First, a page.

Log Off: How to Stay Connected after Disconnecting
Blake Snow, author
After 1800 consecutive days online, recognized journalist Blake Snow had a digital awakening. From this "Montana Moment" he gained newfound perspective on the benefits of offline balance; how to find it, why it matters, and how it improves all areas of life, both work as well as personal.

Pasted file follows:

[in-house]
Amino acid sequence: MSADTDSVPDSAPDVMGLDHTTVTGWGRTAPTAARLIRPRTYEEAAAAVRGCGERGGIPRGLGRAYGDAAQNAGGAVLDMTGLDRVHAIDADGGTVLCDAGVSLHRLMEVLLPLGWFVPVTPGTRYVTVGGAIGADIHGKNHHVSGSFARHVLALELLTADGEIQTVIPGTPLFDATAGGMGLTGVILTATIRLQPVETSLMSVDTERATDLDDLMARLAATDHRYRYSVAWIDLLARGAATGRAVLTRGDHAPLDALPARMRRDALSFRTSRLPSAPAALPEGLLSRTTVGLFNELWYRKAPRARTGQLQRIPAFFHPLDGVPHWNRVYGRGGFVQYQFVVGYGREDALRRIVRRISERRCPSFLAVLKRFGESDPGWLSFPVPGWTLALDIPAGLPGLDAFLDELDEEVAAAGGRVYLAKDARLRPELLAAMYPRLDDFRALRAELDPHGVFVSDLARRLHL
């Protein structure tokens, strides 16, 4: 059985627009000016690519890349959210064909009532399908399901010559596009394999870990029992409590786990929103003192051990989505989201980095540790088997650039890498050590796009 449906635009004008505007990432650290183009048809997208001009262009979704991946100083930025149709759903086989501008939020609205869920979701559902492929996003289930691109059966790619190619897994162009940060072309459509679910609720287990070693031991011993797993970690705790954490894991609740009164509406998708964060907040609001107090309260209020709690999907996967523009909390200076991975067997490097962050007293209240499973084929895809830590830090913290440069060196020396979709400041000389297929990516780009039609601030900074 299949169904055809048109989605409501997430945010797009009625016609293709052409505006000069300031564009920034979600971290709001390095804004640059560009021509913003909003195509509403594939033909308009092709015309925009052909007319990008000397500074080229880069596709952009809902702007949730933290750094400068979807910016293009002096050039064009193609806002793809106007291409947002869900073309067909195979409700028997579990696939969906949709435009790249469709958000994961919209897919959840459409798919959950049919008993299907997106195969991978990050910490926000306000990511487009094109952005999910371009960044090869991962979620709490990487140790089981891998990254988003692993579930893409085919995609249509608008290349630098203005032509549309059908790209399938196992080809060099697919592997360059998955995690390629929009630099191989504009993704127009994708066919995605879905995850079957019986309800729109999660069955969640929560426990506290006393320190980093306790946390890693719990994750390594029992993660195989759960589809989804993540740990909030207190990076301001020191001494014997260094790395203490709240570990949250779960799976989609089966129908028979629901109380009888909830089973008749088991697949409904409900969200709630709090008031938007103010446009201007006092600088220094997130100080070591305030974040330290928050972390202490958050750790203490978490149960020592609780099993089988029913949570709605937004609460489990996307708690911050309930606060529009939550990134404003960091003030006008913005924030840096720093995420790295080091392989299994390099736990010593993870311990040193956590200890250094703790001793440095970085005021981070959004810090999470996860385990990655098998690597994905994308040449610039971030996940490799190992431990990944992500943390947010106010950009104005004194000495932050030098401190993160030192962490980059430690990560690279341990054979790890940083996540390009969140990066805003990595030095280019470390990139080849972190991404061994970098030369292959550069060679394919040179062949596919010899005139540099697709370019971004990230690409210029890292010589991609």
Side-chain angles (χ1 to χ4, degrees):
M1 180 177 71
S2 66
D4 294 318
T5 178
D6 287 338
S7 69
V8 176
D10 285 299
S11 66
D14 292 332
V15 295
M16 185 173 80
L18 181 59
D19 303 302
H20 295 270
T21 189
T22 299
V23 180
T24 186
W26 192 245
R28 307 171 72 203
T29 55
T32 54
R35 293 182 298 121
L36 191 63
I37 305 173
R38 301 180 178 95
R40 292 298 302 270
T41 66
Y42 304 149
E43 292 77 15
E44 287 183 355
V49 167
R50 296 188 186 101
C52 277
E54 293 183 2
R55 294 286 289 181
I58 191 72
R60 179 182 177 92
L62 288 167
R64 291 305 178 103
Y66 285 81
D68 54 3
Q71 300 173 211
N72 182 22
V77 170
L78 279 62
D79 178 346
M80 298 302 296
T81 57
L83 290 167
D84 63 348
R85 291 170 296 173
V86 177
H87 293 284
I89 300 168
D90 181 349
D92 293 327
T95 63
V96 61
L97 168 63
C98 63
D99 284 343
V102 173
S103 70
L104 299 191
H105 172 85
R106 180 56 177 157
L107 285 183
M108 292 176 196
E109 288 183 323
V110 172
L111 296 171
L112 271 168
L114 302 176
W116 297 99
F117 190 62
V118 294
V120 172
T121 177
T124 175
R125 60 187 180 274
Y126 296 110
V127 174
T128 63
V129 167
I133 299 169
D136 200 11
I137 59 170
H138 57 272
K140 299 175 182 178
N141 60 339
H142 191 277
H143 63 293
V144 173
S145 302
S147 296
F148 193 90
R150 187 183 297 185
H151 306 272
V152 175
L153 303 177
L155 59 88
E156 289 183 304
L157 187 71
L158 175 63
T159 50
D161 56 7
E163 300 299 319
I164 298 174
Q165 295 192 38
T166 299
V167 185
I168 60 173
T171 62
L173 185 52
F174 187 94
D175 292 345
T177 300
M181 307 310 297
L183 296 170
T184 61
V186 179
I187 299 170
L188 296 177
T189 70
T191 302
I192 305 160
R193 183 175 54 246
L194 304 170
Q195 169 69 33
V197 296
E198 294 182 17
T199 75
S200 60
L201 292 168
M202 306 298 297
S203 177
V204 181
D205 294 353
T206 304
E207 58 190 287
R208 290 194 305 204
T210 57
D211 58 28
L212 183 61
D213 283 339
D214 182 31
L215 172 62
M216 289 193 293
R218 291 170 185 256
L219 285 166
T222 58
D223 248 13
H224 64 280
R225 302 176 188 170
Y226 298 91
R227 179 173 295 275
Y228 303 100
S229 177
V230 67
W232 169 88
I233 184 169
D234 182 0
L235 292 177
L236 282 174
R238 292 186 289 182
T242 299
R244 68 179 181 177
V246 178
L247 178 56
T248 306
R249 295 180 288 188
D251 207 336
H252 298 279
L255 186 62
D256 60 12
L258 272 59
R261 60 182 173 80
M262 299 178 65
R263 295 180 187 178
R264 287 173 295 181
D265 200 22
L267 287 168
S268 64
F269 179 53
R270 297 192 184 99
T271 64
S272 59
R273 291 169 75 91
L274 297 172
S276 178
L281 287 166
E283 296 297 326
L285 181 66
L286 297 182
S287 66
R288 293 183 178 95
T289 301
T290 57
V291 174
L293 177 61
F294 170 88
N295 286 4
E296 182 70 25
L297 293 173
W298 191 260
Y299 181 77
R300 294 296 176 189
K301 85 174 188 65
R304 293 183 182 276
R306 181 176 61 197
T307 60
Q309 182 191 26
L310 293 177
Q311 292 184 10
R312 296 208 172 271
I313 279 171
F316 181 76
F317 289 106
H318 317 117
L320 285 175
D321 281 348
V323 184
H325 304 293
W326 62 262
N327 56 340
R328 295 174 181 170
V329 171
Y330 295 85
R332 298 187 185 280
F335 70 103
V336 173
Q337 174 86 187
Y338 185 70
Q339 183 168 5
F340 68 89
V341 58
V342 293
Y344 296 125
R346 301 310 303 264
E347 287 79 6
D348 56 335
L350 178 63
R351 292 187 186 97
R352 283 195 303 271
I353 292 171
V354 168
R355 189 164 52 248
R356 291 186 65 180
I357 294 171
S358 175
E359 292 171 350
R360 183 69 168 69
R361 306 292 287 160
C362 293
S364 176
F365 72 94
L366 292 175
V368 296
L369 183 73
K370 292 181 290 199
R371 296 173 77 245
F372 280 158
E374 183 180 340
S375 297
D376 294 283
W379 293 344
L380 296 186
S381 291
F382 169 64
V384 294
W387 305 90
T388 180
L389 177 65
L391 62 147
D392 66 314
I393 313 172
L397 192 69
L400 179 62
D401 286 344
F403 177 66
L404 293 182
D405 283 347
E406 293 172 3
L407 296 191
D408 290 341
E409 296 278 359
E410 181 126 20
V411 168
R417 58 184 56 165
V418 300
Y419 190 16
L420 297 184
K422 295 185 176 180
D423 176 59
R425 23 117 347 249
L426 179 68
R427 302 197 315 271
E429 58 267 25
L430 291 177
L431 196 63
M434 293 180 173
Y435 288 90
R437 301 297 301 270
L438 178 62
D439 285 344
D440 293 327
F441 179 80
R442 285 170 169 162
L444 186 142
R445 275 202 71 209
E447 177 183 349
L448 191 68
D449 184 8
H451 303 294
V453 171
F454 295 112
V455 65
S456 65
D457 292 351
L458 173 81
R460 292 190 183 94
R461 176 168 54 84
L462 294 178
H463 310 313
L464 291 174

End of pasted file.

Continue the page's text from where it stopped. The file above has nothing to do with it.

Technology journalist Snow shares in his snappy debut how, after realizing he had gone nearly five years without spending a single day without his phone, he realized the toxicity of screens and developed a strategy for balance. “Our generation has the pathetic distinction of rearing smartphone orphans,” he writes. “The very devices that were meant to free us are making us negligent friends, parents, and lovers.” During a trip to Montana, he was forced to disconnect and began to realize that he and his family were happier and more engaged without instant access to the internet. He then canceled his data plan, set limits for his working hours, and committed to exercising more, which instantly made his life more “productive and invigorating.” While he offers 10 steps for readers interested in doing the same—such as establishing an accountability partner, becoming a late adopter to technology, and periodically fasting from electronics—he doesn’t advise following his exact routine and encourages readers to incorporate some of the lessons. In pithy, freewheeling prose, Snow jumps between exploring his early fixations with the internet and signaling an alarm of concern. “If we don’t stop to recalibrate... we’ll go from alarming habits to widespread burnout, debilitating attention spans, and universal anxiety disorder.” Snow’s warnings and strategies for dealing with internet overuse will be a wake-up call and road map for readers looking to limit screen time. (BookLife)